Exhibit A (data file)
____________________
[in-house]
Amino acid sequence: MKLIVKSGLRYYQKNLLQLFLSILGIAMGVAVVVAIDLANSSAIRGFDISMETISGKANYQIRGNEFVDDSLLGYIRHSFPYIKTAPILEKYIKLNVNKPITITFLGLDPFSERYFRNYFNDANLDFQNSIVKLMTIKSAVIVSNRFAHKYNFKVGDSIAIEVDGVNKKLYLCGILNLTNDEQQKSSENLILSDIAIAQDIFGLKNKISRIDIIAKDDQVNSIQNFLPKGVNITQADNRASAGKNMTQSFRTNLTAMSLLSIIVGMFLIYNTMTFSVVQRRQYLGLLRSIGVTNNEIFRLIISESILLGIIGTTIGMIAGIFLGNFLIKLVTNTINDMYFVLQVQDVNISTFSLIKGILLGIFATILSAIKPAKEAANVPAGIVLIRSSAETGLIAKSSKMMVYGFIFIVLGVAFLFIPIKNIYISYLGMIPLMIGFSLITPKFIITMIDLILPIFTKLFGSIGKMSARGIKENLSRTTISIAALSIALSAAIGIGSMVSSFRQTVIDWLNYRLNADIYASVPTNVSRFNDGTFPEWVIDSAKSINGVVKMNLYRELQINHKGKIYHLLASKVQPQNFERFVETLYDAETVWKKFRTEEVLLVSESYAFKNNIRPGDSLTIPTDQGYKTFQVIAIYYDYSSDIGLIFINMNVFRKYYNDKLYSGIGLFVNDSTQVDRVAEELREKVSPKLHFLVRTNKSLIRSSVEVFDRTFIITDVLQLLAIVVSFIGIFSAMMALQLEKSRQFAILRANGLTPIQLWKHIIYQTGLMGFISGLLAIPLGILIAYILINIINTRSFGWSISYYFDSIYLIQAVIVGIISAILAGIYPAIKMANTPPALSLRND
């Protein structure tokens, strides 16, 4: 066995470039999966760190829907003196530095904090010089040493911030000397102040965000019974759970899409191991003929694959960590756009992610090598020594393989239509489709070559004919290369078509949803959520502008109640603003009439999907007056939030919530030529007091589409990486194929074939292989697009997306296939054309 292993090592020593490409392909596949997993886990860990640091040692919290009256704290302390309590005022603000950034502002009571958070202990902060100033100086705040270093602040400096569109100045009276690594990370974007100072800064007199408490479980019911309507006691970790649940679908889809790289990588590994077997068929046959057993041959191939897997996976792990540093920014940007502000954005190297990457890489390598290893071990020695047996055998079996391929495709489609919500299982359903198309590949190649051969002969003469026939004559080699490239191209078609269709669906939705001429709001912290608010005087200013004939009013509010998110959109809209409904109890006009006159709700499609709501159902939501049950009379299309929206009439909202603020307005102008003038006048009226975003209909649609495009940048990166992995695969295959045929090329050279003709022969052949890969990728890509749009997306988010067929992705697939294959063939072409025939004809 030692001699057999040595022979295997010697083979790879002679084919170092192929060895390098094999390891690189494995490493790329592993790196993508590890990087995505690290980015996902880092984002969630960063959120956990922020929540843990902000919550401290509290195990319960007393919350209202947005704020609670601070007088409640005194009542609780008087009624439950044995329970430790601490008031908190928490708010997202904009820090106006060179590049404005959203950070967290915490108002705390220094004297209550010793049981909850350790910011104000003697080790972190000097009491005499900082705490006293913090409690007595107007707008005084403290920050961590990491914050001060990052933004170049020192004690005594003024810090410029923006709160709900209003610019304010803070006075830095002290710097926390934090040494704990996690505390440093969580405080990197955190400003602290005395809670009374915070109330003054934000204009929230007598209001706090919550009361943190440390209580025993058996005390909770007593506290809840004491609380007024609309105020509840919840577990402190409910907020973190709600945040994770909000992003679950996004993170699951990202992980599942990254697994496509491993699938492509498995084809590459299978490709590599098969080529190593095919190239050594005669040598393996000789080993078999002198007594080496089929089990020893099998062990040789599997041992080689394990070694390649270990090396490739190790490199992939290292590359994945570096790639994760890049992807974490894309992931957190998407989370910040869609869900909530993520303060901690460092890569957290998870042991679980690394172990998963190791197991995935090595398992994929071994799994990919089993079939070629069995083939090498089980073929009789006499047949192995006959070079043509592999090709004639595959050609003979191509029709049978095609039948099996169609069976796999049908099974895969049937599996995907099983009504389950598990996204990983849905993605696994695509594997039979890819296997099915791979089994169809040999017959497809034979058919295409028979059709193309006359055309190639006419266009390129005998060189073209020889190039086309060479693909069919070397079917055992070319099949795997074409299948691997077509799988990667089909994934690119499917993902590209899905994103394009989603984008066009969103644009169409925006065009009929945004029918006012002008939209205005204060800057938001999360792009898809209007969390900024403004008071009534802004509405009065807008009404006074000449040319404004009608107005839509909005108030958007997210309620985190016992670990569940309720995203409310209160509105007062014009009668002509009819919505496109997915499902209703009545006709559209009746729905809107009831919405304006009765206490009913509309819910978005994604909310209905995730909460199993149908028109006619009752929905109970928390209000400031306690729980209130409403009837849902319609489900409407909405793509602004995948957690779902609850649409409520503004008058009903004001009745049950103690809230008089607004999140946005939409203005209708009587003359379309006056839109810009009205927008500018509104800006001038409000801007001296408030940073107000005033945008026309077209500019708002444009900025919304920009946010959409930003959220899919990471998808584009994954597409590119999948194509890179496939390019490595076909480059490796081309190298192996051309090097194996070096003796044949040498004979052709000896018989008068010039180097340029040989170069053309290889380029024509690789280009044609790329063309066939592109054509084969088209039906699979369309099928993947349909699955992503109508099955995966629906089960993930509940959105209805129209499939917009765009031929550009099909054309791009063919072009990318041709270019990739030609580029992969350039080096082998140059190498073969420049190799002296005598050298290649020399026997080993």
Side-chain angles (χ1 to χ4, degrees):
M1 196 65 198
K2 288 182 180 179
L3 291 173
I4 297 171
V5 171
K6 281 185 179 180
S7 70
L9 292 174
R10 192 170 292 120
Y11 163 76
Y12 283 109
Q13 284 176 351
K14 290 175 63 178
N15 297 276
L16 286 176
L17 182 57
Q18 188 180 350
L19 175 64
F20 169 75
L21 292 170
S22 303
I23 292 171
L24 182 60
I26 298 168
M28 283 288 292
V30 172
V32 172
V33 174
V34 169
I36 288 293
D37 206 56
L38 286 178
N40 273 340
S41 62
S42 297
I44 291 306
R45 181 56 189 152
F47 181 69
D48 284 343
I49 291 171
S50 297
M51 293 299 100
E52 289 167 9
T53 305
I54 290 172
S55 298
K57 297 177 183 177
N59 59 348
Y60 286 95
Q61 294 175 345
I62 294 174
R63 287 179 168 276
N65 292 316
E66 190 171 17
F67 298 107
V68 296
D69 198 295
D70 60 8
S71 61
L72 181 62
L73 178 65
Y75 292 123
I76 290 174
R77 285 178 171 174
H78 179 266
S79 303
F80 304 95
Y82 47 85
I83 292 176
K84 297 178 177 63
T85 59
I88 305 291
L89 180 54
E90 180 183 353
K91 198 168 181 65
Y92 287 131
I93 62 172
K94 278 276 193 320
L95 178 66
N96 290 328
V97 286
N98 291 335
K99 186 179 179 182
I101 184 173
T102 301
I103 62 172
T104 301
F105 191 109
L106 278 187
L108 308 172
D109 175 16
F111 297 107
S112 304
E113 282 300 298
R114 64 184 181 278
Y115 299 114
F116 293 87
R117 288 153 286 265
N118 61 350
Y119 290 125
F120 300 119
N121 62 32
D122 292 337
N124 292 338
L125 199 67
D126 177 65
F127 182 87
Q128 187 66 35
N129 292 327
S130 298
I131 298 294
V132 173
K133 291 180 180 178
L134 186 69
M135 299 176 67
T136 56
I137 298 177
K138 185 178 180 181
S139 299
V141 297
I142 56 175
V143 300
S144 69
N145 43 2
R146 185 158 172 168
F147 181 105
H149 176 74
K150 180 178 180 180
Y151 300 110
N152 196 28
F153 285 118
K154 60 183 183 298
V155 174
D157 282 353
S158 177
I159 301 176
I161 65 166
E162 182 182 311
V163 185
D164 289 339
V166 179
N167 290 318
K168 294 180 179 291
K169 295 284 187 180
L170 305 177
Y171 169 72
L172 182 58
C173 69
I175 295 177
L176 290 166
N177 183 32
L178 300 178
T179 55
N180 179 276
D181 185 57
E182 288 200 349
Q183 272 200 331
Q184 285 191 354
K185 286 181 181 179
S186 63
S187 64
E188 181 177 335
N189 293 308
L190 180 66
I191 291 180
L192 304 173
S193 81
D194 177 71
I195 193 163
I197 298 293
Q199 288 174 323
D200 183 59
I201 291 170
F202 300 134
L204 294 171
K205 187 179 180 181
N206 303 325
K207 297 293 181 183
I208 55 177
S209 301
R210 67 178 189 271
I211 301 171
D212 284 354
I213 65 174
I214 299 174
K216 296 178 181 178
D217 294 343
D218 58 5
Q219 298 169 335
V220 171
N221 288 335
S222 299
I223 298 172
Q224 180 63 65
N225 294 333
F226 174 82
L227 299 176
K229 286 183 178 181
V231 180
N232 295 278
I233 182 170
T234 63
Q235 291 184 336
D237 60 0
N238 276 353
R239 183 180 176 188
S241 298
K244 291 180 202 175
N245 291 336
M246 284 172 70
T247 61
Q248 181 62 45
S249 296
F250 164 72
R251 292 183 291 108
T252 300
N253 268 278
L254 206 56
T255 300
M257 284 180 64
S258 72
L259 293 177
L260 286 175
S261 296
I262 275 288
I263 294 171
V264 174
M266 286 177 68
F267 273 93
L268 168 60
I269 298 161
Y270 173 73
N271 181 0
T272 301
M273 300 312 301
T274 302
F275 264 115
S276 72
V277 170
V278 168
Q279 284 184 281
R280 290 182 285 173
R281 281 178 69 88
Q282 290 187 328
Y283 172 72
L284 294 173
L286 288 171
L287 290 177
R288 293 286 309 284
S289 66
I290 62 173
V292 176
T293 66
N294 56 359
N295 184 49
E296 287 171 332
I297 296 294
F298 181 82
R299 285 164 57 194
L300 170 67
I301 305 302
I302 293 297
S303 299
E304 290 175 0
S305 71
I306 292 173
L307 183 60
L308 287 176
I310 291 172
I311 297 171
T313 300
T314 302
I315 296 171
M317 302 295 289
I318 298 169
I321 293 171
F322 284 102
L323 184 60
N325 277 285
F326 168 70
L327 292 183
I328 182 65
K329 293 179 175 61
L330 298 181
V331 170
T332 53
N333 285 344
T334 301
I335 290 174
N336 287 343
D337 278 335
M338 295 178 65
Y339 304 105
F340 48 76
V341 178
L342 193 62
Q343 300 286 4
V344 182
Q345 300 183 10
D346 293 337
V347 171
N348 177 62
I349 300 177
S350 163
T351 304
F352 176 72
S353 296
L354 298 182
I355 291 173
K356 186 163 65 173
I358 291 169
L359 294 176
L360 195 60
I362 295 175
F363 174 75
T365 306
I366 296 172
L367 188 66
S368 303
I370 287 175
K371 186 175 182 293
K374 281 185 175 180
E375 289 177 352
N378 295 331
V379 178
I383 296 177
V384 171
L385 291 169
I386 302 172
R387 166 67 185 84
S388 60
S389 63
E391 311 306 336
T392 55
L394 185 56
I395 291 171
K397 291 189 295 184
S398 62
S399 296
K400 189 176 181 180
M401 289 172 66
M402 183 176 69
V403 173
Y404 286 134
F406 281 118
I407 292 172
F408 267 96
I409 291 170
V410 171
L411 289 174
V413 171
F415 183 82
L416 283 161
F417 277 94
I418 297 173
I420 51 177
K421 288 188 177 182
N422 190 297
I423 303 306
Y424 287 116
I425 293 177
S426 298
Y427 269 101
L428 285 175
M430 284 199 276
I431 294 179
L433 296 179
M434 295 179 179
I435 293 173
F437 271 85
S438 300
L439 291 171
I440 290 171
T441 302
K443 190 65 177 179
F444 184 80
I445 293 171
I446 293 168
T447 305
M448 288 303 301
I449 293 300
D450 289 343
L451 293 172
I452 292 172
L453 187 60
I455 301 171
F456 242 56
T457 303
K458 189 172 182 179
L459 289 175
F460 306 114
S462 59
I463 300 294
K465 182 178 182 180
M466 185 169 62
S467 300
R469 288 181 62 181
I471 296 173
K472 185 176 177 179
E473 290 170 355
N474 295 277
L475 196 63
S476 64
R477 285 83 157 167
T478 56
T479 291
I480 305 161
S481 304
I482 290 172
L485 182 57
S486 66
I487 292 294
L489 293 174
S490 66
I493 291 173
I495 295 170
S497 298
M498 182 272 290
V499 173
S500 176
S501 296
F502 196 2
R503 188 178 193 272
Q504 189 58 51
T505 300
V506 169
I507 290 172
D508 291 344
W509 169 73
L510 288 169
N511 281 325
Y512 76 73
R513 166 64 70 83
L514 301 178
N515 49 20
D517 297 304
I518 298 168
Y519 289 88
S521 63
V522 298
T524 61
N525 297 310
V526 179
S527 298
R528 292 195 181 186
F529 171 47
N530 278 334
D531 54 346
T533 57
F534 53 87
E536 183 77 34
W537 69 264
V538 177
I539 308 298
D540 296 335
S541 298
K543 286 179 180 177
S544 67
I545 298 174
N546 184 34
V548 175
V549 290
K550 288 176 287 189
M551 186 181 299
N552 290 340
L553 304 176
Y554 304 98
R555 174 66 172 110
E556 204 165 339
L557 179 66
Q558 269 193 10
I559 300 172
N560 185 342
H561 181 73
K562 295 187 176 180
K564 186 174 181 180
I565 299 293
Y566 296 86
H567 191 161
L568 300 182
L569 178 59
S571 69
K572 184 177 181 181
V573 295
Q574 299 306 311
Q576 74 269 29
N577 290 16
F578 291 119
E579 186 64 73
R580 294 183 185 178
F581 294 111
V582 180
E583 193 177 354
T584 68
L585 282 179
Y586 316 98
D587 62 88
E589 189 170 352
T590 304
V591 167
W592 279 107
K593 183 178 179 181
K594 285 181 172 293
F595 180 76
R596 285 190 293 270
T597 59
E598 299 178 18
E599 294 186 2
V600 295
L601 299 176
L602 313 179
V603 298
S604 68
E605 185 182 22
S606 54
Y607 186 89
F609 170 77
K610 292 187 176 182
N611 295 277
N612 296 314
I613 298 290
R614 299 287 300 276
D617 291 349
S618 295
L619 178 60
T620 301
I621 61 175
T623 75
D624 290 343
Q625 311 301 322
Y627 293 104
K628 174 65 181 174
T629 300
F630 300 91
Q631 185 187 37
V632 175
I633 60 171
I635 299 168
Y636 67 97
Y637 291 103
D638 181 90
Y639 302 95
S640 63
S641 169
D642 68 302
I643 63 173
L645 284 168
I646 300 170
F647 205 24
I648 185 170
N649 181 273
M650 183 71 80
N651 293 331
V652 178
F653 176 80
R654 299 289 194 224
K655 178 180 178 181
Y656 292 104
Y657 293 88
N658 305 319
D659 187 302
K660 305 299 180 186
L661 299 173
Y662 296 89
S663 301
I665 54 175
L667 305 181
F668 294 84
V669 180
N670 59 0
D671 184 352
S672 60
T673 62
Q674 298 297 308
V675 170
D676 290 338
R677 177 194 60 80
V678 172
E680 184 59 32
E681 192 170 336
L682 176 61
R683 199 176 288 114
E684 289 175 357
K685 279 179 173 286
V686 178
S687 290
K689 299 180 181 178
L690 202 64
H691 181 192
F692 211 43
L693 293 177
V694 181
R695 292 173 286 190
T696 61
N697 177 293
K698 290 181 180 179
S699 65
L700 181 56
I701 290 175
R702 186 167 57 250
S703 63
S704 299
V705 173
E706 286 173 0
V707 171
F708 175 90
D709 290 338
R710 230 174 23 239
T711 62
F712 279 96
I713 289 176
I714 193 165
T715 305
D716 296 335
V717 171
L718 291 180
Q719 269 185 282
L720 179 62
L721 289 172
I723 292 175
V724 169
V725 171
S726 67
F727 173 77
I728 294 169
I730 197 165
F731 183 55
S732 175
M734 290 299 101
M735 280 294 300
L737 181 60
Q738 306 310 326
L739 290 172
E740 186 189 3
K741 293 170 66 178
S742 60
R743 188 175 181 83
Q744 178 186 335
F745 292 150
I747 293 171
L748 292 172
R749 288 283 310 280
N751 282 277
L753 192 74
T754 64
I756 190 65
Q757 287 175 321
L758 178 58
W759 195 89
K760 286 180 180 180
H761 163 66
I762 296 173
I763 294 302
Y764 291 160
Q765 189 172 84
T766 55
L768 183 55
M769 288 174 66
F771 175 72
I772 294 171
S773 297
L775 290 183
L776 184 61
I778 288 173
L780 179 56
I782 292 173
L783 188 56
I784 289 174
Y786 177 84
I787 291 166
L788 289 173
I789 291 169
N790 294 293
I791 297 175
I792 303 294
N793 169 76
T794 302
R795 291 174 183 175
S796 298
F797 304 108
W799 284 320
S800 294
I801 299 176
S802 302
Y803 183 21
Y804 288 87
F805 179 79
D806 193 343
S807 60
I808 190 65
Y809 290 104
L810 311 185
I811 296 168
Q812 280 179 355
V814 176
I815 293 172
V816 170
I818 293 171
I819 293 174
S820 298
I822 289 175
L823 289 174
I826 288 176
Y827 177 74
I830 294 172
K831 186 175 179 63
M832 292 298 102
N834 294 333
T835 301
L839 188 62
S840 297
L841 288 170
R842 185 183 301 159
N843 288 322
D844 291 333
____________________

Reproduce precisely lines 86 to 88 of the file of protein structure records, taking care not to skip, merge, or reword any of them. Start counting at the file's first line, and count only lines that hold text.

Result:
N98 291 335
K99 186 179 179 182
I101 184 173